We recently had some problems with noise making is way into the CW and CCW stepper motor controller signal and thus making the motor rotate when it should have been stationary . We discovered various noise sources including 24V clutches and an impoperly grounded shield; however,we were unable to remove all of the noise. The motor would turn each time when the machine got to a particular step; therefore, we assumed it was another motor/supply generating the noise. When I placed a homemade Spectrum Analyzer (limited to 50kHz)on the CW and CCW, no noise was seen (but could be seen on an oscilloscope). I suspected that the noise was probably beyond this range and suggested tying in some capacitors from the CW and CCW to ground to allow the high frequency content to drain off. My suggestion was not easily accepted but when we tried it, it worked. The controller has an input resistance of 230 ohms and I selected a 0.1uF capacitor to allow the content to roll off above 20kHz. Although this is working and this is the third week it has been working, other people are starting to doubt this technique. I need feedback on this and any short comings I should expect. Thanks for your time.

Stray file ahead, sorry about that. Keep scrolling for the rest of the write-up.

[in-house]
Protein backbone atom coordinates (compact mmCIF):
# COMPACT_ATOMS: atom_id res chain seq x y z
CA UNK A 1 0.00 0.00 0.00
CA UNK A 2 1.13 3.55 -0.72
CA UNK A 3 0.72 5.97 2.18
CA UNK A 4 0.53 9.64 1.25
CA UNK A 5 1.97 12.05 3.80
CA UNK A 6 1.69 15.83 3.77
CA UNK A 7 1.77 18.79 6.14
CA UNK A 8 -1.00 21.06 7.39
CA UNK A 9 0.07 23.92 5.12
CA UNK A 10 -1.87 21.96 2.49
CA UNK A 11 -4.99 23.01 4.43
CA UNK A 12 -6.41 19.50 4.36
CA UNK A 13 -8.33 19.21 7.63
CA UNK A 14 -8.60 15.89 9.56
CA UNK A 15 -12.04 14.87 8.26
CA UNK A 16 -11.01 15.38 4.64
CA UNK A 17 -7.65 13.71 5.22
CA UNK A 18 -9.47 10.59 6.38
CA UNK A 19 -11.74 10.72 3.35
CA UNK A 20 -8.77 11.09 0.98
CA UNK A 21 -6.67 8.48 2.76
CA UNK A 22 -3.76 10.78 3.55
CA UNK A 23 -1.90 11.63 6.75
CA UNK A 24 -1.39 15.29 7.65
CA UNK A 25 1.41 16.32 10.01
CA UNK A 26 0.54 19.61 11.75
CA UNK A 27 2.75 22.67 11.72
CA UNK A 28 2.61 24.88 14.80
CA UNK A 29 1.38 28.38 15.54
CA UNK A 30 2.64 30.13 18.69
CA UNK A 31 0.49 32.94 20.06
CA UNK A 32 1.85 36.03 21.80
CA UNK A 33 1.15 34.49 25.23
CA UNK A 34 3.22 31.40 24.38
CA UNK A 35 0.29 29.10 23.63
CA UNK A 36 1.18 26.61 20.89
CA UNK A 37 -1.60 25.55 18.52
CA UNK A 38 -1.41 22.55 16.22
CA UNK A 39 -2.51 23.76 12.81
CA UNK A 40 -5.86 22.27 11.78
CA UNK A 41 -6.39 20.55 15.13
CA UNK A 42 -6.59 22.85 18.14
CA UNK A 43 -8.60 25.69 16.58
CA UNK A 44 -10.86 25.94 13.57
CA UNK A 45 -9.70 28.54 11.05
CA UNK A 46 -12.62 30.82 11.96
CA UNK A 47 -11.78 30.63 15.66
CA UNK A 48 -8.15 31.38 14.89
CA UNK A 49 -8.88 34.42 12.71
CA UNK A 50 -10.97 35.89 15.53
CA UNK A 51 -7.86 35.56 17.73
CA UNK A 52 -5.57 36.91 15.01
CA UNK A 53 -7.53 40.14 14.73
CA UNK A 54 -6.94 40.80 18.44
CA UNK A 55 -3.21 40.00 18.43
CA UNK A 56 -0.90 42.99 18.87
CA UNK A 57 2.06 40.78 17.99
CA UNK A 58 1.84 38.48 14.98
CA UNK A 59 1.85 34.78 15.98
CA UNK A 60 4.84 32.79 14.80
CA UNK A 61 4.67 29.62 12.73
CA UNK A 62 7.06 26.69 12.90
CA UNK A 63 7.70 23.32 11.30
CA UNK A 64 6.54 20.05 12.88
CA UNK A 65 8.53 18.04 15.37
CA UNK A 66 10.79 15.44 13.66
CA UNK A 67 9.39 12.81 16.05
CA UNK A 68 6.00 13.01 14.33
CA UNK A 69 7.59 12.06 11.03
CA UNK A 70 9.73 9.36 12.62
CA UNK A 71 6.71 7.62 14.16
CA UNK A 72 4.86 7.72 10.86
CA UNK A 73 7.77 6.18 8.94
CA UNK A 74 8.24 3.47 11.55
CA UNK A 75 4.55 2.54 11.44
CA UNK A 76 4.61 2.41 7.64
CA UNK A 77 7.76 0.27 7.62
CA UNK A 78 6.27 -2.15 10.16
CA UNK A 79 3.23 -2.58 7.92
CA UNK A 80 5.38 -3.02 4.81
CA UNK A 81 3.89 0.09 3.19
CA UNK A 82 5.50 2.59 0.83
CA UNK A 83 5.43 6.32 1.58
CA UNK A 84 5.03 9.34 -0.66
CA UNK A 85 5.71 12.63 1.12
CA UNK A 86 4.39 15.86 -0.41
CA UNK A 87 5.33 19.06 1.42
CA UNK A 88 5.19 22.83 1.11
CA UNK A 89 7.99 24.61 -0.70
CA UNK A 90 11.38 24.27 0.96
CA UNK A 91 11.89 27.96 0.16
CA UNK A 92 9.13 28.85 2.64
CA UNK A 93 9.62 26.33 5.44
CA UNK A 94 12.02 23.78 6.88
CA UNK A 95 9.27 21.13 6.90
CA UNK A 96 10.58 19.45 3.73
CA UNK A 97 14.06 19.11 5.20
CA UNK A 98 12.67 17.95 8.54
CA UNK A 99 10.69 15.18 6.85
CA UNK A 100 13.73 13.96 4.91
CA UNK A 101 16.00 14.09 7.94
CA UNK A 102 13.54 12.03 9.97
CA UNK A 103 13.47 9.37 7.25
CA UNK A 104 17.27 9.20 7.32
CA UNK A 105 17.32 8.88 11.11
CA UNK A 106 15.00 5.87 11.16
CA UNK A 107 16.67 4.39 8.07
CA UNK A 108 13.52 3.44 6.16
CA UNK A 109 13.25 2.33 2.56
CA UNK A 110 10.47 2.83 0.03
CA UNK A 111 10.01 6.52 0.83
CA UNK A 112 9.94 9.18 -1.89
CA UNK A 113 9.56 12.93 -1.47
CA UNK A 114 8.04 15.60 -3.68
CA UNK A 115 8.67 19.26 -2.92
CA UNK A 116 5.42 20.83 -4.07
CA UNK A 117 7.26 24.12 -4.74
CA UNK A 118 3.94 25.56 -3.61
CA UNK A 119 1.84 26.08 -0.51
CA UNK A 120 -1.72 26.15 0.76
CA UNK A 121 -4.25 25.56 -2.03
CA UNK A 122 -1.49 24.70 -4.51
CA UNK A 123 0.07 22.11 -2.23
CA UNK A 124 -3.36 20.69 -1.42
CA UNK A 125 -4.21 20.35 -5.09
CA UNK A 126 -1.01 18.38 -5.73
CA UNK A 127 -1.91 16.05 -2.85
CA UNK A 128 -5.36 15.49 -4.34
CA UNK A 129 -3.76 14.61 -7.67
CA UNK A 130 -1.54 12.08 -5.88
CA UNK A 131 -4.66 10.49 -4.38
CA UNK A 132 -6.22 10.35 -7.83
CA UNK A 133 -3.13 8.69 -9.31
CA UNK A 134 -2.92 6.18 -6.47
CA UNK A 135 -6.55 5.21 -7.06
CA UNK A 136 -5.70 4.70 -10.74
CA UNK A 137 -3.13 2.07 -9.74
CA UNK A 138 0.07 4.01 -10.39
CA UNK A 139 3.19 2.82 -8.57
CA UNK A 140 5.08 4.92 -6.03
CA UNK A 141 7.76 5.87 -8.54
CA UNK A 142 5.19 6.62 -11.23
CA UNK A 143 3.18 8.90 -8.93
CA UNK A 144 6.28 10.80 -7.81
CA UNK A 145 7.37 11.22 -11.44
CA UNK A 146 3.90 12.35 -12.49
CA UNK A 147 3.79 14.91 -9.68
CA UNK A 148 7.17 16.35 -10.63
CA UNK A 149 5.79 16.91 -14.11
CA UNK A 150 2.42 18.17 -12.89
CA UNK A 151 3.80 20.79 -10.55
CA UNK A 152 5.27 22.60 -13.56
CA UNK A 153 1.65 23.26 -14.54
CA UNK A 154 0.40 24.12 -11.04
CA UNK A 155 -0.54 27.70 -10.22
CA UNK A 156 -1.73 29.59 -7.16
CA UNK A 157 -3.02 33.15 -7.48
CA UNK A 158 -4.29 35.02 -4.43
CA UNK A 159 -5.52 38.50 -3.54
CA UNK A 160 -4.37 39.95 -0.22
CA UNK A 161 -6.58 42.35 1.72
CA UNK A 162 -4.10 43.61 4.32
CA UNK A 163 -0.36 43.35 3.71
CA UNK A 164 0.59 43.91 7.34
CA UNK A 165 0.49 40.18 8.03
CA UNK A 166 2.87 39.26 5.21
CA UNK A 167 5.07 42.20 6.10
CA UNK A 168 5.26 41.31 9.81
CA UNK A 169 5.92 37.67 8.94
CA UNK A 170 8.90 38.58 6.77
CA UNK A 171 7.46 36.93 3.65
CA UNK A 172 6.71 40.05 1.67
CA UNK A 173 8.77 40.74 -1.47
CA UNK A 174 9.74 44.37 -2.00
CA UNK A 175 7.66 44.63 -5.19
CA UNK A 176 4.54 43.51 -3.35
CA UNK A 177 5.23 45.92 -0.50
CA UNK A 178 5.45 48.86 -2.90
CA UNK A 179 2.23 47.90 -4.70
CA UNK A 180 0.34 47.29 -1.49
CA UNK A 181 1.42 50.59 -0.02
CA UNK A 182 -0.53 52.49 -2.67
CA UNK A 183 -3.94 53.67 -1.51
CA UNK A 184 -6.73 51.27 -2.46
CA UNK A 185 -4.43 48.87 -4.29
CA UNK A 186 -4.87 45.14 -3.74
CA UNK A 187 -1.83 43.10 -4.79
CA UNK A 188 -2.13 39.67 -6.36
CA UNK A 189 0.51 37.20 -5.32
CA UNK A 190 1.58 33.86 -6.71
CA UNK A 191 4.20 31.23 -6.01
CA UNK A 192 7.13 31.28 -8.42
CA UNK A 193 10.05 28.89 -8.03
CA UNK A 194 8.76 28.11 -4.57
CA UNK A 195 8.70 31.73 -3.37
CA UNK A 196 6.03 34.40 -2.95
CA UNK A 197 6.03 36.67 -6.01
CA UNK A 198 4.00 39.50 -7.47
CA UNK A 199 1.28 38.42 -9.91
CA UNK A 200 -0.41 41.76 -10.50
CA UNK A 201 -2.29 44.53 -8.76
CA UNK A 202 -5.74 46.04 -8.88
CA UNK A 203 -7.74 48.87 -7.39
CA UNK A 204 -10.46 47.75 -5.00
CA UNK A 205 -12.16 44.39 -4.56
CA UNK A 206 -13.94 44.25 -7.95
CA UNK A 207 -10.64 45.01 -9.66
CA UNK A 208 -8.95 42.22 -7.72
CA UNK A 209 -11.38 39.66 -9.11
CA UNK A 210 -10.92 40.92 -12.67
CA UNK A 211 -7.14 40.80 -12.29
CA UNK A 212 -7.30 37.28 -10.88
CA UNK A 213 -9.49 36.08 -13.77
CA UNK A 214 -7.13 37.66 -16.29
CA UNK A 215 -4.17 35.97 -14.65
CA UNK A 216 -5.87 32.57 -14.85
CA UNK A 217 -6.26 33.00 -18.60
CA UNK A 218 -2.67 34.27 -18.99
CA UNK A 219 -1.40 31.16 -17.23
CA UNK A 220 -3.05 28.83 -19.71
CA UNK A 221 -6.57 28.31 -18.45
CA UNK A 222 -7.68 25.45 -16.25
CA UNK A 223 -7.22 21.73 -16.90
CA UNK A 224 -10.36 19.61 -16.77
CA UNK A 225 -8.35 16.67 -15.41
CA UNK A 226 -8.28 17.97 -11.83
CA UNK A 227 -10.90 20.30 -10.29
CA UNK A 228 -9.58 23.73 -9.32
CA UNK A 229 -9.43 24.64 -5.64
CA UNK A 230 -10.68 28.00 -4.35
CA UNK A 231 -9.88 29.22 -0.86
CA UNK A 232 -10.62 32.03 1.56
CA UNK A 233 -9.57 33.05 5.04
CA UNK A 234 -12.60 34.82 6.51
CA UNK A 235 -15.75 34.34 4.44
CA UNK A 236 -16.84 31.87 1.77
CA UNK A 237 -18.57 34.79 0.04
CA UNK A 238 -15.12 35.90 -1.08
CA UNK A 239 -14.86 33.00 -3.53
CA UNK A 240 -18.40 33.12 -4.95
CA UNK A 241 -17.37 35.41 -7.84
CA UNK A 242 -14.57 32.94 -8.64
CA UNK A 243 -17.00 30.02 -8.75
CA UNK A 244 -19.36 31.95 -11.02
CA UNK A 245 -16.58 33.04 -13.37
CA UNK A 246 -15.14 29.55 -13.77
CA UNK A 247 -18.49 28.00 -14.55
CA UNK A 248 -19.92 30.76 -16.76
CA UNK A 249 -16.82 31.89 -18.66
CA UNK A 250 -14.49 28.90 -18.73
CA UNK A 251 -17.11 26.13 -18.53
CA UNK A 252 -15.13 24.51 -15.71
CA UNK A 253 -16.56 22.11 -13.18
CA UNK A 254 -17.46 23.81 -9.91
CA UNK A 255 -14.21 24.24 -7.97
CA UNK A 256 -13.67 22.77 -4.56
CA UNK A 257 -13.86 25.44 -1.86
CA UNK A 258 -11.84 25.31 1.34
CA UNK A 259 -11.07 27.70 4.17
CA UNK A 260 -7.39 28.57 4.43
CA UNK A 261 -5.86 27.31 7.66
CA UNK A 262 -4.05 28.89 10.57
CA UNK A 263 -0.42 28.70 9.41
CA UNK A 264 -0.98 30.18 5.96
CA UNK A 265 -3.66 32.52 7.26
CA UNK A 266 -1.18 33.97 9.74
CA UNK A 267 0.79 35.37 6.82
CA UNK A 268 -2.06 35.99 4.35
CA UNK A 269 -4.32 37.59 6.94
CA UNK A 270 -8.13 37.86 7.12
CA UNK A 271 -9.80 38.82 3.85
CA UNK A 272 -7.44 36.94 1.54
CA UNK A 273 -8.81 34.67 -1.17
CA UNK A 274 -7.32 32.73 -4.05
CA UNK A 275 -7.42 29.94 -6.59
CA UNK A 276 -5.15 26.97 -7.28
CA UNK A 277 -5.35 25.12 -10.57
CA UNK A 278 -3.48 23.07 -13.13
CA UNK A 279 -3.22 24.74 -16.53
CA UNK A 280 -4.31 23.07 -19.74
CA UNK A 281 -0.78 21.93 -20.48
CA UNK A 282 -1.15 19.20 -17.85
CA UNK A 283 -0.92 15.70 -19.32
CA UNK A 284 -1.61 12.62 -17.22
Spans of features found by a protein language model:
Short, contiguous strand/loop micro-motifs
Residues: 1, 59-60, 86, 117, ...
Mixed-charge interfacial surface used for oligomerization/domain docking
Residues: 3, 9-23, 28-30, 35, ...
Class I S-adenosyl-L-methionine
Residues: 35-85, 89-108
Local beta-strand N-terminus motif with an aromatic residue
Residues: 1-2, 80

A parallel capacitor to shunt HF noise is a time-honored technique that can often work perfectly adequately.
You say that the controller input impedance is 230 ohms. Is that the input to the controller built-in to the stepper motor itself? The actual amount of attenuation of the noise will also be dependent upon the source impedance for the control signal.
Your spectrum analyzer results indicate that the noise is over 50kHz or so, and you say that you could see this noise on a CRO. Did you manage to expand the timebase on the 'scope sufficiently to get an approximate frequency reading from that?
#128259 - 01/05/0308:33 AMRe: Capacitor to drain HF noise
As Paul suggests, try to roll off this noise with bypass caps.
In addition, I could suggest a filtered supply (filtered to the Hz of noise + harmonics), drain caps at the load ends - drain to shields, create an Isolated grounding setup, and finally an Isolated power system.
Be sure all the shields and other grounding items are star connected at one point ONLY!!! Otherwise you will never get rid of the loop currents, and end up adding more noise to your system than removing.
Drive everything to Earth Ground at the same single star point.
If you plan to include AC Line filters, or other Line "PI" filters, connect the stuff driven to ground via an Isolated Grounding Conductor, which also terminates to the star point.
Looks like you need to place Low Pass filters at each crucial point, plus drain each circuit's conductor to ground at each crucial point, via a ceramic cap connected to the shield. One per conductor is needed.
Let us know the progress!
Scott " 35 " Thompson Just Say NO To Green Eggs And Ham!